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The Relationship between Pain and Pleasure in John Keats’ Poetry
John Keats (1795-1821) is one of the most prominent poets of the Romantic period. Although disregarded by other outstanding poets and critics during his lifetime, Keats is still loved by many readers even almost two hundred years after his death. To my mind, the feature that still attracts people to Keats’ poems is the duality of life expressed with the help of countless paradoxes – life and death, consciousness and oblivion, imagination and reality, pain and pleasure, feeling and sight. In this essay I will be looking at one of these paradoxes: the relationship between pain and pleasure. Henderson in her work ‘Romanticism and the Painful Pleasures of Modern Life’ regards this relationship in great Romantics’ works somewhat masochistic (2008:1). Her vision is that Romantic poets actually enjoy suffering. Alloth, on the contrary, in his essay on ‘Ode to Psyche’ says that in Keats’ poems ‘pain and pleasure are relaxed neighbours’ (1969:80). I can agree with both opinions but to certain extent; from my point of view, not only pain can cause pleasure, as Henderson says, but pleasure can cause pain. As to Alloth’s definition, I think that those as if contradictory elements – pain and pleasure – are not just neighbours; they are actually two parts of a united whole in Keats’ perception.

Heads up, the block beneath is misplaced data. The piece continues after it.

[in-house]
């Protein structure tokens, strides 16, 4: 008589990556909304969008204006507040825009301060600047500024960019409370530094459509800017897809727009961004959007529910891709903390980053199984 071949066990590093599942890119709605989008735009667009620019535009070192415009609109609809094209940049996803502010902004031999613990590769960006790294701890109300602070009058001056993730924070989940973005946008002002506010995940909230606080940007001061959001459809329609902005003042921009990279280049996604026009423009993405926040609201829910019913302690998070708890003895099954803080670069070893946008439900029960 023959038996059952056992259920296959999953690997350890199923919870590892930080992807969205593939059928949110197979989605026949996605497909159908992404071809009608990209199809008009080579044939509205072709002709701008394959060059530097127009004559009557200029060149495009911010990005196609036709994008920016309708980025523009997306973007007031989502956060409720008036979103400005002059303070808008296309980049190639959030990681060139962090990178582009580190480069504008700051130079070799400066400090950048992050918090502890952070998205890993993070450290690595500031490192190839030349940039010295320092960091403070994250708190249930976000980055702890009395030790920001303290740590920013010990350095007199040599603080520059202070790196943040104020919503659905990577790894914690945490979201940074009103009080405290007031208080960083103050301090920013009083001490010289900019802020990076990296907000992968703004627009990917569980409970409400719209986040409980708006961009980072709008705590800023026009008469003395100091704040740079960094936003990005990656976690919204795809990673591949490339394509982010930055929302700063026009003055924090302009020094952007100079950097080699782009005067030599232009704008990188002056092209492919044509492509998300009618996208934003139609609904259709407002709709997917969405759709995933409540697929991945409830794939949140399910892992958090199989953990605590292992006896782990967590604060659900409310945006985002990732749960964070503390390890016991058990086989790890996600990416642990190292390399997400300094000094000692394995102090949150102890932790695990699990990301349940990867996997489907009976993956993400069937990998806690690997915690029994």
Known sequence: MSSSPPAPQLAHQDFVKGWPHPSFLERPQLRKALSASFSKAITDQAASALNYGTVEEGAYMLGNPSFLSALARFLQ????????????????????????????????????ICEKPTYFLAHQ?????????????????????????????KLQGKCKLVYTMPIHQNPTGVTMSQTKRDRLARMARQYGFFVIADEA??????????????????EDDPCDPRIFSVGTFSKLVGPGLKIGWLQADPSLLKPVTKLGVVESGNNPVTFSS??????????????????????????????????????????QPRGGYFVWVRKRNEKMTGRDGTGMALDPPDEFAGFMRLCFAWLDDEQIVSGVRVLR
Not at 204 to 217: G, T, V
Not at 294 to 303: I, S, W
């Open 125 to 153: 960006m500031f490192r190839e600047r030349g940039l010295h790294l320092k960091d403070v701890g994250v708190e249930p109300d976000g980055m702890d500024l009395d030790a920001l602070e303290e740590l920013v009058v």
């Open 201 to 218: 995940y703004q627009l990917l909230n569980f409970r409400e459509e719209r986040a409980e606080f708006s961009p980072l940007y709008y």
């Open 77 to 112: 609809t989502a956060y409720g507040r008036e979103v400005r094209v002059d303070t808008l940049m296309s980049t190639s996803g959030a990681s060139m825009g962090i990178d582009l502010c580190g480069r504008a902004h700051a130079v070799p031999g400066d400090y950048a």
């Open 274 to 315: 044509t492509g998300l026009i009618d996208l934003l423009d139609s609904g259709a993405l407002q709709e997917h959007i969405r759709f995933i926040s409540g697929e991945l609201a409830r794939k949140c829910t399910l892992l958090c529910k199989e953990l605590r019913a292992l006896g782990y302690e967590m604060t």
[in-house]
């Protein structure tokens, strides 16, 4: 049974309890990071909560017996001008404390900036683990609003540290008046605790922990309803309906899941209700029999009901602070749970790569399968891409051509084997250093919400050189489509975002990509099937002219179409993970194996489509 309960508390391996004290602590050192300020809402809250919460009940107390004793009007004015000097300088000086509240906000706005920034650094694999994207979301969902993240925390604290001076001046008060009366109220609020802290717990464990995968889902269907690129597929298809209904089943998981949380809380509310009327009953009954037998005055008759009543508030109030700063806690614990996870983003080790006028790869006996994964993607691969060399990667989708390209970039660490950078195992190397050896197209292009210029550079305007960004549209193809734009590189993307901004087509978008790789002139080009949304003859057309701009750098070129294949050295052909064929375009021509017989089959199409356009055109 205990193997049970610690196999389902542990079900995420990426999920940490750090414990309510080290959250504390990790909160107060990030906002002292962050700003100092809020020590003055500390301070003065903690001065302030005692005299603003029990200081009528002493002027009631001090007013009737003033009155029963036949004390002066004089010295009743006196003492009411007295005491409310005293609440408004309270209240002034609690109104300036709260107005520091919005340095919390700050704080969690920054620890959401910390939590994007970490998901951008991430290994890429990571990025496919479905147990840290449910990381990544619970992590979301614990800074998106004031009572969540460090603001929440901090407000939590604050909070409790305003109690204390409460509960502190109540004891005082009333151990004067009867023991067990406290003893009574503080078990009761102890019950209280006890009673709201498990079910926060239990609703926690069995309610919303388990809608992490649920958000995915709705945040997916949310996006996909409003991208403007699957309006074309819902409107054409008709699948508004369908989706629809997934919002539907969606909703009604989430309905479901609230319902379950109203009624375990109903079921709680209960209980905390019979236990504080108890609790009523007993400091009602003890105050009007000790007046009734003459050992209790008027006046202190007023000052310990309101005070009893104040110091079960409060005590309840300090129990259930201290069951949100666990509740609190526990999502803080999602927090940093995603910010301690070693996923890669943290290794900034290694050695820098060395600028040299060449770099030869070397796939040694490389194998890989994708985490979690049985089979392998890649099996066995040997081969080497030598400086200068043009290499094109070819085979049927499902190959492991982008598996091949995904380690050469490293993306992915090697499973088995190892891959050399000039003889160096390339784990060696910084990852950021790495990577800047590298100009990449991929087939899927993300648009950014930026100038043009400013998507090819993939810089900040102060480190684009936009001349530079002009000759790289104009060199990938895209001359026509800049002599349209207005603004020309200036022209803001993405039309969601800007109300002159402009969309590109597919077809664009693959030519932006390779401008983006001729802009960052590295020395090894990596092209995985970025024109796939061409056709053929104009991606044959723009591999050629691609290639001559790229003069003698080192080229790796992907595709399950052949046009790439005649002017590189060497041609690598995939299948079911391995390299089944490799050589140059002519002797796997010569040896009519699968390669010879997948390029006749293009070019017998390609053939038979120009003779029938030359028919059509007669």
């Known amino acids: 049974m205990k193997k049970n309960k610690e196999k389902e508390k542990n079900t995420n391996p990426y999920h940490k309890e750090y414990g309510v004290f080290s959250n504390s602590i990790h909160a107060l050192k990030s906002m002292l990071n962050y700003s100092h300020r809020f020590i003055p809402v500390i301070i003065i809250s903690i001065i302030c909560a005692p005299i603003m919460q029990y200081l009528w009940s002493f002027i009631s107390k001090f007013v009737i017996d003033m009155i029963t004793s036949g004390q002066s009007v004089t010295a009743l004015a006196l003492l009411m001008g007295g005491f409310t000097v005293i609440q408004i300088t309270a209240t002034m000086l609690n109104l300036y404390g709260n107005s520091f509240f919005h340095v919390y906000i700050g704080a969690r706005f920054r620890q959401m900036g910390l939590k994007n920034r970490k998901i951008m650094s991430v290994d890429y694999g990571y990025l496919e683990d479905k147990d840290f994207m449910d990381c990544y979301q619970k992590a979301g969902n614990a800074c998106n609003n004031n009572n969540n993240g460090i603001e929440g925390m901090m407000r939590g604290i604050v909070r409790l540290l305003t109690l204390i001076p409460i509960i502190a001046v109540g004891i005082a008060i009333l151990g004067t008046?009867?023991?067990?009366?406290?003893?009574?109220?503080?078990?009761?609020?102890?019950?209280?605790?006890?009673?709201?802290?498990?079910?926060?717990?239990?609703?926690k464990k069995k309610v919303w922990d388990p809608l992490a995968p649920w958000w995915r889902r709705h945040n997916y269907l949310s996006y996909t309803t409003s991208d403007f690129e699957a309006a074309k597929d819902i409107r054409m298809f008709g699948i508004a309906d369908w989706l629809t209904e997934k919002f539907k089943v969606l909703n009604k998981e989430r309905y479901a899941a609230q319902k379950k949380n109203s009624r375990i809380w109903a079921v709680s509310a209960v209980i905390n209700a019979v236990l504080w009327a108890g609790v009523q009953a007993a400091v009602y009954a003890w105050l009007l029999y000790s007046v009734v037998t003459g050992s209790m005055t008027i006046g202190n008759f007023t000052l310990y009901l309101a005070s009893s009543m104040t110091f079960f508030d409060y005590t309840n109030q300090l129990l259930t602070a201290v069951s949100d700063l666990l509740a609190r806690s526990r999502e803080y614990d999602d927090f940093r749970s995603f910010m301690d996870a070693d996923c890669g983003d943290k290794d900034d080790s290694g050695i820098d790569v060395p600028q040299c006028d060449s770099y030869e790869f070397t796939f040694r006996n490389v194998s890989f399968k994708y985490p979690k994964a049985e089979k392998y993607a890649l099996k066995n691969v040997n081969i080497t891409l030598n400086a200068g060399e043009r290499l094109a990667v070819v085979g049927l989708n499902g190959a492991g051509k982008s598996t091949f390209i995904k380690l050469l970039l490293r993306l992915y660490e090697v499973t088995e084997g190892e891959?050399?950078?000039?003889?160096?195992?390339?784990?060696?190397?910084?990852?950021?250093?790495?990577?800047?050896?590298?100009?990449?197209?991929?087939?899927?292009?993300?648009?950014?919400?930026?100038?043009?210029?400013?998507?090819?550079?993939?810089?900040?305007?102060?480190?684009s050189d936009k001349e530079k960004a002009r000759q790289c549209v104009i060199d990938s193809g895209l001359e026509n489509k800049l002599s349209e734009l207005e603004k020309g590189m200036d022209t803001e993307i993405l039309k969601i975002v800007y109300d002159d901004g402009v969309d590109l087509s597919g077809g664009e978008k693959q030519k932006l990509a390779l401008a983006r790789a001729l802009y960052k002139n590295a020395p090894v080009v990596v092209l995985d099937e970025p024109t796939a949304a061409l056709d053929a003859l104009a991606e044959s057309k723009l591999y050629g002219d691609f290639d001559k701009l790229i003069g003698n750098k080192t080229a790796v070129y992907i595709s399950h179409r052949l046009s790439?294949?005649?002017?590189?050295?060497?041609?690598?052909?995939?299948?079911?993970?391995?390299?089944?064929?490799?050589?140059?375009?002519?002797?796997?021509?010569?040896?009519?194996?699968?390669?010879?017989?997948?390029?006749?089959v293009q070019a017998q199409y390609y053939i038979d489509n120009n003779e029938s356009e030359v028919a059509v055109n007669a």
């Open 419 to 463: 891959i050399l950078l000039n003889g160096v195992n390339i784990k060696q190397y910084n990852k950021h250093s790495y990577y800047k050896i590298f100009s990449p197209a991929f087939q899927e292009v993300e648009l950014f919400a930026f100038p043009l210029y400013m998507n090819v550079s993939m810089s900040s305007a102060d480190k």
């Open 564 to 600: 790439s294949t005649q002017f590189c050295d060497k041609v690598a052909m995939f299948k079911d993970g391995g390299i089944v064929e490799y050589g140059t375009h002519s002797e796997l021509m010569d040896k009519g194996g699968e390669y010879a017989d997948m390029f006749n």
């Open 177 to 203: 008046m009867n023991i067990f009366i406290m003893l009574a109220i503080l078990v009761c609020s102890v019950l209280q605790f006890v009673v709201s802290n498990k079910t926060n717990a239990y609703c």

As I have mentioned, pain and pleasure have a kind of causal relationship in Keats’ works. A good example of it, to my mind, is one of the most famous Keats’ narrative poems ‘La Belle Dame sans Merci’. At the beginning of the poem, the Knight is found by an occasional passer-by alone amid an autumn landscape, broken and miserable:
O what can ail thee, Knight at arms.
So haggard, and so woe-begone?
The Squirel’s granary is full,
And the harvest’s done.
I see a lily on thy brow,
With anguish moist and fever dew;
And on thy cheeks a fading rose
Fast withereth too.
(‘La belle Dame sans Merci’, lines 5-12)
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